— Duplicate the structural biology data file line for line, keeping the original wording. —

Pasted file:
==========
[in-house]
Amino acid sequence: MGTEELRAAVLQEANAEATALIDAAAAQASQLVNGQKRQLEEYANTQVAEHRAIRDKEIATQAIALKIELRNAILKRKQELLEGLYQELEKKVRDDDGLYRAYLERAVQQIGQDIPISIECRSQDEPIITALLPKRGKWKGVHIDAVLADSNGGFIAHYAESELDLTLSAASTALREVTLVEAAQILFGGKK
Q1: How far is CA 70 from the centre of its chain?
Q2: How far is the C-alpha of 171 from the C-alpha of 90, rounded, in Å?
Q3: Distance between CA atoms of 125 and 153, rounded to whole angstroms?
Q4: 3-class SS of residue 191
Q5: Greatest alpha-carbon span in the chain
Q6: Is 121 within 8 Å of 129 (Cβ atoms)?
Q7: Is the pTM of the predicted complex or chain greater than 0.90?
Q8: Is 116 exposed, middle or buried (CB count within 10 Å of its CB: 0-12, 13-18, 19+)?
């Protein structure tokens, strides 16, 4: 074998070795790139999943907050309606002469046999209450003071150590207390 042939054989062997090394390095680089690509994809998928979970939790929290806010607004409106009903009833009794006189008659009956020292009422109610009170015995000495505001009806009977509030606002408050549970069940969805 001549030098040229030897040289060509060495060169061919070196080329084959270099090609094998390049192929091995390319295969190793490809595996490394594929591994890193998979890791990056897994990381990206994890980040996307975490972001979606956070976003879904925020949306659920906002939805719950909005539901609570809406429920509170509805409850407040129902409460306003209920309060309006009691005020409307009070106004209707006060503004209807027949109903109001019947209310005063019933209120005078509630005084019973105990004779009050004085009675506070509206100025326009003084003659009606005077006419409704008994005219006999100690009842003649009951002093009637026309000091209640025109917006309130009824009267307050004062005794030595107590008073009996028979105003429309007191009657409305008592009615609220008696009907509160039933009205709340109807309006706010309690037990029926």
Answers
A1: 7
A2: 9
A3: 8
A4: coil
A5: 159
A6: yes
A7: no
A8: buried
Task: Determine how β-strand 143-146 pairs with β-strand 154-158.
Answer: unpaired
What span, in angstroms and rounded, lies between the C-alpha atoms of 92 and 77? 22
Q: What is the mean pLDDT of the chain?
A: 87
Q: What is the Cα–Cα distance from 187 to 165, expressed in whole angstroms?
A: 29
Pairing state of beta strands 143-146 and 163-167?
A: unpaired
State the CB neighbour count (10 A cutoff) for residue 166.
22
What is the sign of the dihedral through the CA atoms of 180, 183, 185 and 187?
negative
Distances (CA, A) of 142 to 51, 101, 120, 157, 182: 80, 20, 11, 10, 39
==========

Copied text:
[in-house]
Amino acid sequence: MGTEELRAAVLQEANAEATALIDAAAAQASQLVNGQKRQLEEYANTQVAEHRAIRDKEIATQAIALKIELRNAILKRKQELLEGLYQELEKKVRDDDGLYRAYLERAVQQIGQDIPISIECRSQDEPIITALLPKRGKWKGVHIDAVLADSNGGFIAHYAESELDLTLSAASTALREVTLVEAAQILFGGKK
Q1: How far is CA 70 from the centre of its chain?
Q2: How far is the C-alpha of 171 from the C-alpha of 90, rounded, in Å?
Q3: Distance between CA atoms of 125 and 153, rounded to whole angstroms?
Q4: 3-class SS of residue 191
Q5: Greatest alpha-carbon span in the chain
Q6: Is 121 within 8 Å of 129 (Cβ atoms)?
Q7: Is the pTM of the predicted complex or chain greater than 0.90?
Q8: Is 116 exposed, middle or buried (CB count within 10 Å of its CB: 0-12, 13-18, 19+)?
């Protein structure tokens, strides 16, 4: 074998070795790139999943907050309606002469046999209450003071150590207390 042939054989062997090394390095680089690509994809998928979970939790929290806010607004409106009903009833009794006189008659009956020292009422109610009170015995000495505001009806009977509030606002408050549970069940969805 001549030098040229030897040289060509060495060169061919070196080329084959270099090609094998390049192929091995390319295969190793490809595996490394594929591994890193998979890791990056897994990381990206994890980040996307975490972001979606956070976003879904925020949306659920906002939805719950909005539901609570809406429920509170509805409850407040129902409460306003209920309060309006009691005020409307009070106004209707006060503004209807027949109903109001019947209310005063019933209120005078509630005084019973105990004779009050004085009675506070509206100025326009003084003659009606005077006419409704008994005219006999100690009842003649009951002093009637026309000091209640025109917006309130009824009267307050004062005794030595107590008073009996028979105003429309007191009657409305008592009615609220008696009907509160039933009205709340109807309006706010309690037990029926």
Answers
A1: 7
A2: 9
A3: 8
A4: coil
A5: 159
A6: yes
A7: no
A8: buried
Task: Determine how β-strand 143-146 pairs with β-strand 154-158.
Answer: unpaired
What span, in angstroms and rounded, lies between the C-alpha atoms of 92 and 77? 22
Q: What is the mean pLDDT of the chain?
A: 87
Q: What is the Cα–Cα distance from 187 to 165, expressed in whole angstroms?
A: 29
Pairing state of beta strands 143-146 and 163-167?
A: unpaired
State the CB neighbour count (10 A cutoff) for residue 166.
22
What is the sign of the dihedral through the CA atoms of 180, 183, 185 and 187?
negative
Distances (CA, A) of 142 to 51, 101, 120, 157, 182: 80, 20, 11, 10, 39